The processing time for a backcountry permit for hiking varies depending on the area and the season, ranging from a few hours to several weeks. Most areas prioritize first-come, first-served permits, which means that you may need to wait in line or apply early in-person or online to secure your permit. Some areas also offer lottery or reservation systems, which require advanced planning and sometimes incur additional fees.

What happens if I hike without a backcountry permit?

Hiking without a backcountry permit is against the law and can result in fines, confiscation of equipment, or even criminal charges. It also puts you and others at risk of accidents, injuries, or emergencies, as the rangers and rescue teams may not be aware of your presence or location. Always follow the regulations and guidelines of the wilderness areas and national parks you visit, and be respectful and responsible towards the environment and other visitors.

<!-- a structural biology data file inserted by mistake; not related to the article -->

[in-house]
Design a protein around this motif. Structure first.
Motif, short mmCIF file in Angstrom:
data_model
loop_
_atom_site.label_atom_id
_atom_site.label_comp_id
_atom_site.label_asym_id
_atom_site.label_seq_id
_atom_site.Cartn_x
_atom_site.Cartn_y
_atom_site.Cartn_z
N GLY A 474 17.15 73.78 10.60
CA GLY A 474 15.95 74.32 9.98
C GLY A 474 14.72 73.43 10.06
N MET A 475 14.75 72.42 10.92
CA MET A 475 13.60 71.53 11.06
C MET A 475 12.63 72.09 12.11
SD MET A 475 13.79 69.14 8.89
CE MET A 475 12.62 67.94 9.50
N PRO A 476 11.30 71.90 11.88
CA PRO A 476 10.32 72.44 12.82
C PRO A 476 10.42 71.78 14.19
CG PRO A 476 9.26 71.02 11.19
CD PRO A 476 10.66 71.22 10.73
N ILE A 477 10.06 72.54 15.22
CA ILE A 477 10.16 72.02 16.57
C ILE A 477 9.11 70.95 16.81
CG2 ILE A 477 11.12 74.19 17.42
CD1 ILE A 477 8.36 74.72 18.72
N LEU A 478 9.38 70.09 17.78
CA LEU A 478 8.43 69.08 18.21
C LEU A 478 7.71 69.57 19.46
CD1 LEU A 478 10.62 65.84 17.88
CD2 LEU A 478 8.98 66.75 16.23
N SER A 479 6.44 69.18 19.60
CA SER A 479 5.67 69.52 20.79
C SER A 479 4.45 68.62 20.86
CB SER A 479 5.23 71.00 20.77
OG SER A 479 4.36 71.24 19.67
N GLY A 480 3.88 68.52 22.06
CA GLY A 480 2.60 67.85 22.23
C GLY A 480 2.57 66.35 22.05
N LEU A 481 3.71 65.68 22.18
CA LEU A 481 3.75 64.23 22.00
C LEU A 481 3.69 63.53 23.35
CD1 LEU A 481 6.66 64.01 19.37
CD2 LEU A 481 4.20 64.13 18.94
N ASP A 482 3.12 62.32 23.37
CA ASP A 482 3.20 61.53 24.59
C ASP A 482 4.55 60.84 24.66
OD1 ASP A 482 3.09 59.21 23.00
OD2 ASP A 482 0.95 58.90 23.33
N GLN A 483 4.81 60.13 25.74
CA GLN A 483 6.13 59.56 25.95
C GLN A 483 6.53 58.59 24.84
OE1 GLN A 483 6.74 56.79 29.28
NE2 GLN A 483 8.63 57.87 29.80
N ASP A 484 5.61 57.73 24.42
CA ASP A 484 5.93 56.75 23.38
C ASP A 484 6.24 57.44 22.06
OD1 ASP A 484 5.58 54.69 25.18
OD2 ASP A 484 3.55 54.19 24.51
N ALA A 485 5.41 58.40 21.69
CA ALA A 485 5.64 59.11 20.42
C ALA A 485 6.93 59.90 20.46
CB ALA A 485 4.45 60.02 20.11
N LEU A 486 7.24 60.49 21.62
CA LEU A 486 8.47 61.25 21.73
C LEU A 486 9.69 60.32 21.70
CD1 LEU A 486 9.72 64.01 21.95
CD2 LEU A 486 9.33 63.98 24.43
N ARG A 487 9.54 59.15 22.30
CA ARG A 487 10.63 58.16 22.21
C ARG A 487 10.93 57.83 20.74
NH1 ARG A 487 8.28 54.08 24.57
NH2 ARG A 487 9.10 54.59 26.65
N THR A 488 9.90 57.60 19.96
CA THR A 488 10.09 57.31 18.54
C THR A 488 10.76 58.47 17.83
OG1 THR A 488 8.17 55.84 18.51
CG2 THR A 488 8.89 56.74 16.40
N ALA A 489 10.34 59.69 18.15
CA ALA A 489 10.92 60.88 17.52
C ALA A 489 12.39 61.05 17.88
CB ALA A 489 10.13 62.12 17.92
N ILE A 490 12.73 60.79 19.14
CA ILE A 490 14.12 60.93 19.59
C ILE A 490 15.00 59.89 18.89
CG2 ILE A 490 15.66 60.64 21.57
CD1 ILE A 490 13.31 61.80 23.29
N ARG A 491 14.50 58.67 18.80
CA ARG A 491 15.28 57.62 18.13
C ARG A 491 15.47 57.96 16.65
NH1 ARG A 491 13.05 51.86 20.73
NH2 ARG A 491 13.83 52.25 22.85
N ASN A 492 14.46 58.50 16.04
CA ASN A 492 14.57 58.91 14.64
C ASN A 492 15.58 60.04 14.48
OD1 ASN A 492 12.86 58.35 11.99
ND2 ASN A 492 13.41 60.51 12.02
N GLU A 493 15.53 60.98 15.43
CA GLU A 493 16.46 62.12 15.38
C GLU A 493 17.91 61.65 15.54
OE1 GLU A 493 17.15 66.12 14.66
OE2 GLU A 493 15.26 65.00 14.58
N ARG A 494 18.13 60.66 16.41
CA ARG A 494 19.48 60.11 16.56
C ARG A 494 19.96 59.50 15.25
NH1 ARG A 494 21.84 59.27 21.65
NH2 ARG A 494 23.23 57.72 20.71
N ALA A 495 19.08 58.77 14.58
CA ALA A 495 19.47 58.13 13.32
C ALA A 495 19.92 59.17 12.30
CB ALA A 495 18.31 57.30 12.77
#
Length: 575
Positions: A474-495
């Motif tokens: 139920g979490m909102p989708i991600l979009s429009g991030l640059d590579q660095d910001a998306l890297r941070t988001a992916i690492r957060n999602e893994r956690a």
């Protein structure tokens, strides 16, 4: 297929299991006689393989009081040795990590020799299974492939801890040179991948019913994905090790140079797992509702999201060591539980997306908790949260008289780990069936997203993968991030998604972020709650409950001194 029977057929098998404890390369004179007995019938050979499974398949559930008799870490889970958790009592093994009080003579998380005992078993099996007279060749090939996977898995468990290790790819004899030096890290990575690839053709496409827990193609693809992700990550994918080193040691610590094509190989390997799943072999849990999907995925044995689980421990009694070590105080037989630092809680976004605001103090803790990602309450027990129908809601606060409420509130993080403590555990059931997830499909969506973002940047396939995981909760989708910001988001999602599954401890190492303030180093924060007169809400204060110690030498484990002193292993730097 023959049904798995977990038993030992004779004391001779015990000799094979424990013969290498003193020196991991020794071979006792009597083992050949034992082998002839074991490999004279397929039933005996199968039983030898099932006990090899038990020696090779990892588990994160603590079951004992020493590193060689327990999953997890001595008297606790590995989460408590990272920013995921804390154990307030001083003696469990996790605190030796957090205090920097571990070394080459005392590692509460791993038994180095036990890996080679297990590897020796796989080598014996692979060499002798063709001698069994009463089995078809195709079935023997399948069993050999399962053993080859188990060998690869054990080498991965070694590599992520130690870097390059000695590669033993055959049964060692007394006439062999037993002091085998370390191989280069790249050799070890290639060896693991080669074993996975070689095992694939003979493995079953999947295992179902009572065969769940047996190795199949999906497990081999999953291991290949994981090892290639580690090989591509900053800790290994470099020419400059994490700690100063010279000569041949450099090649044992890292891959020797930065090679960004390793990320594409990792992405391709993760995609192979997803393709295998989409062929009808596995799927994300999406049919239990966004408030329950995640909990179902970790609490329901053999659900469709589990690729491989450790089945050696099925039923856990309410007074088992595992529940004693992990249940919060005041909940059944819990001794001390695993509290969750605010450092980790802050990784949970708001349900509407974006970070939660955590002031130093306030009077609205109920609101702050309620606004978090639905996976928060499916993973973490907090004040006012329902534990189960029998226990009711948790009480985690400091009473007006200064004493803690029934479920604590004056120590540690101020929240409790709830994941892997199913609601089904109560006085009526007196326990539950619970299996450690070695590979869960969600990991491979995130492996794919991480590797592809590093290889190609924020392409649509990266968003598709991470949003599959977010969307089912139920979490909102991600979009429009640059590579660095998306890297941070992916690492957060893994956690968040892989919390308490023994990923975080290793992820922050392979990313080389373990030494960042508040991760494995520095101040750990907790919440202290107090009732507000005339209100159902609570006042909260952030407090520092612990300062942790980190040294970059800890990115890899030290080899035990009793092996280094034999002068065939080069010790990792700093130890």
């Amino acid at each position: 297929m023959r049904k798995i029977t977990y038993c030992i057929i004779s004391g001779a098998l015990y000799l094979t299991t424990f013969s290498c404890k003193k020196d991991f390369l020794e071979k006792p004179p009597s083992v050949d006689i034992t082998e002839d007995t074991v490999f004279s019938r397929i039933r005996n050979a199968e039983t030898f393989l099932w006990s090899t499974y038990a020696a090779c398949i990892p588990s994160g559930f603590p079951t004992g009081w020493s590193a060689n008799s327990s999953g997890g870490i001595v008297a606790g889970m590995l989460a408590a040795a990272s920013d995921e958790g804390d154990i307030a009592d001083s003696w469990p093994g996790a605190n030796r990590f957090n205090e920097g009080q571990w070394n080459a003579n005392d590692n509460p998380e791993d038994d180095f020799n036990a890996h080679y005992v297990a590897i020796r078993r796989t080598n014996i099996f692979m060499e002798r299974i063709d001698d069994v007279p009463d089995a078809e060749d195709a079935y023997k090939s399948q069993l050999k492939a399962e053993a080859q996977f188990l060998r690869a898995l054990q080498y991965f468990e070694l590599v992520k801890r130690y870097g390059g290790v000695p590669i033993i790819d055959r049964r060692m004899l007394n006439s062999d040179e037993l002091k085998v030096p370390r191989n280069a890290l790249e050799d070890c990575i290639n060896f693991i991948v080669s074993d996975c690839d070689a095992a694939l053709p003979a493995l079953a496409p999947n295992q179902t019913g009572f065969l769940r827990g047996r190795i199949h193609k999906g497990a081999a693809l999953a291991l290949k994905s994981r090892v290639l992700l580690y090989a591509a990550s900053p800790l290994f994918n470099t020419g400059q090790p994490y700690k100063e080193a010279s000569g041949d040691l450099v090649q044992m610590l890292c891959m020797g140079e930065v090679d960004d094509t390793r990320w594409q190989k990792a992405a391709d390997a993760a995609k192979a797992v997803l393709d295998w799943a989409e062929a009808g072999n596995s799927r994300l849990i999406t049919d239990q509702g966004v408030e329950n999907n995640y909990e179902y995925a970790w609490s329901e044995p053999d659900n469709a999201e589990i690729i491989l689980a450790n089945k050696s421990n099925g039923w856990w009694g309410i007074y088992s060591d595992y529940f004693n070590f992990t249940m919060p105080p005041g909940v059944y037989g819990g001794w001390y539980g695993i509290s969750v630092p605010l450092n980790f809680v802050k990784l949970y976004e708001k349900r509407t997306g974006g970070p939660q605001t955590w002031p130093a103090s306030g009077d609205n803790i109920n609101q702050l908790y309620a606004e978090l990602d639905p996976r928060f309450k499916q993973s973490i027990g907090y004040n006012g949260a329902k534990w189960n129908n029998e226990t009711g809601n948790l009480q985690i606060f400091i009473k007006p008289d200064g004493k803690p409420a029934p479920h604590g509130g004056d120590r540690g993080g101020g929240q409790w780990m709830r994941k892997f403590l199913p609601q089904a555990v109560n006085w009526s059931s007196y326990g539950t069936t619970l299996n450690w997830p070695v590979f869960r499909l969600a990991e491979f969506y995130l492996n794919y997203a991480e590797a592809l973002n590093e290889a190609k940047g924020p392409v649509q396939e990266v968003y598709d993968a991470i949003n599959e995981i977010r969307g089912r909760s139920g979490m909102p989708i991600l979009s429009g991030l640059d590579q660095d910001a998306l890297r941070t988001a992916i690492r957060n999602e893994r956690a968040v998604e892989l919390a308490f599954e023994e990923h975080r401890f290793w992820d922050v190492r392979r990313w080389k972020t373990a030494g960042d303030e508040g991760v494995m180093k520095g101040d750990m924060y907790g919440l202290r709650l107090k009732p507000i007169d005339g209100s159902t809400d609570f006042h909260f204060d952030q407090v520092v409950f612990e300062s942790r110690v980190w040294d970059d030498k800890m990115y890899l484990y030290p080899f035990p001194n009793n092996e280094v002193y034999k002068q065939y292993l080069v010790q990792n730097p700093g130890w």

How can I increase my chances of getting a backcountry permit for hiking?

You can increase your chances of getting a backcountry permit for hiking by being prepared, flexible, and respectful. Research the area carefully in advance, and have a few alternative routes and campsites in mind, in case your first choices are already full. Apply early and during off-peak seasons if possible, and consider mid-week or shoulder seasons instead of weekends or peak seasons. Be honest and accurate about your experience level and intentions, and follow the Leave No Trace principles to minimize your impact on the environment.

What are some popular wilderness areas and national parks that require backcountry permits for hiking?

  • Yosemite National Park, California
  • Grand Canyon National Park, Arizona
  • Yellowstone National Park, Wyoming
  • Glacier National Park, Montana
  • Rocky Mountain National Park, Colorado
  • The Enchantments wilderness area, Washington
  • Mount Whitney, Inyo National Forest, California
  • The Wave, Vermilion Cliffs National Monument, Arizona
  • The Narrows, Zion National Park, Utah
  • The Appalachian Trail, various states on the East Coast

Related Products for Backcountry Permits for Hiking

If you are looking to embark on a dream hike, you need to obtain backcountry permits to access these areas. Here are some recommended products to enhance your hiking experience and to help you score backcountry permits.

  • Backpacks
    A sturdy and reliable backpack is essential for any backcountry hiking trip. Look for one with a comfortable fit, waterproof material, and ample storage space to carry all of your hiking essentials.